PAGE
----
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Association Agreement Eu Israel

A joint committee of the EFTA states and Israel oversees the implementation of the free trade agreement (Articles 26 and 27). The legal basis for the EU`s trade relations with Israel is the Association Agreement between the EU and Israel, which came into force in June 2000. The aim of this agreement is to create an appropriate framework for political dialogue and economic cooperation between the EU and Israel. Israel was the first non-European country to share the European Union`s Framework Programme for Research and Technology Development (RDT). Israel`s special status is the result of its high scientific and research capabilities and the long-standing network of long-standing scientific and technical cooperation between Israel and the EU. In July 2004, the European Commission signed an agreement with Israel to participate in the EU`s GALILEO project for a global satellite navigation system. Since 2014, Israel has been a member of the European Scientific Organization (CERN) and is the only non-European member. From a bilateral point of view, an association agreement came into force in 2000 following a cooperation agreement in 2000, which provides for economic, commercial, technological and preferential research status between the parties. It included measures to create a free trade area for industrial goods and to liberalize trade in goods, services and capital flows.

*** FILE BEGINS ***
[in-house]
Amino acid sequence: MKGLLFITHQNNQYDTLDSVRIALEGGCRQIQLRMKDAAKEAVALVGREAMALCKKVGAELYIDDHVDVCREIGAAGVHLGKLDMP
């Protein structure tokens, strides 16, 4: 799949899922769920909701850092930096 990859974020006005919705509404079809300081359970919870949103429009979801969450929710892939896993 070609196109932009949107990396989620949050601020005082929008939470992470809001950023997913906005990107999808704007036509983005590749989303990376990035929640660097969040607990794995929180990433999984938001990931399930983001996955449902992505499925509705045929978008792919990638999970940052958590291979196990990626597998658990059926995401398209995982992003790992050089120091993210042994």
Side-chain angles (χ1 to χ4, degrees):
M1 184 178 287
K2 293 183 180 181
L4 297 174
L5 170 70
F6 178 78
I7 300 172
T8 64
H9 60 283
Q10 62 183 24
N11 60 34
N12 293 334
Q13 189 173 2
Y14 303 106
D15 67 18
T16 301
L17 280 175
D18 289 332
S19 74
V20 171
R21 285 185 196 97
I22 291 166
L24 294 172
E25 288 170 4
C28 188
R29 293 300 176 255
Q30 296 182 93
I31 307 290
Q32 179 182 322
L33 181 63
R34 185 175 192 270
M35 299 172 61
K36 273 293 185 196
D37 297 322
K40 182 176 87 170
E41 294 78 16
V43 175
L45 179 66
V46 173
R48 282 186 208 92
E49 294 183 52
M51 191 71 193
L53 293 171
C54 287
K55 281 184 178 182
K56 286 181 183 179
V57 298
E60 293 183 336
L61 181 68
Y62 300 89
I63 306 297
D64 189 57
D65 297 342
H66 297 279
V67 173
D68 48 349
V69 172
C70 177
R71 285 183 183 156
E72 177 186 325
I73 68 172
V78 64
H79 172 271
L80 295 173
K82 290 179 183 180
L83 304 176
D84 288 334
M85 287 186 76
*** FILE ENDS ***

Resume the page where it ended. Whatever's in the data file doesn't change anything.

The agreement also laid the groundwork for cultural, scientific and political cooperation. Israel responded to this initiative by stating that it would not sign future agreements with the EU until it could “clarify” its position that no Israeli organisation could cooperate beyond the Green Line or receive EU funds. [52] The agreement covers trade in industrial products, fish and seafood. In addition, bilateral agricultural agreements have been concluded between the various EFTA states (Iceland, Norway and Switzerland) and Israel, which are part of the instruments for creating the free trade area. One of the objectives of the agreement (Article 1) is the gradual liberalisation of trade in goods, in accordance with Article XXIV of the GATT. On 1 January 1993, virtually all tariffs on trade in industrial and fish and other seafood were abolished. The agreement contains provisions relating to the elimination of tariffs and other trade barriers, as well as other trade-related disciplines, such as competition rules, intellectual property protection, public procurement, state monopolies, state aid, payments and transfers.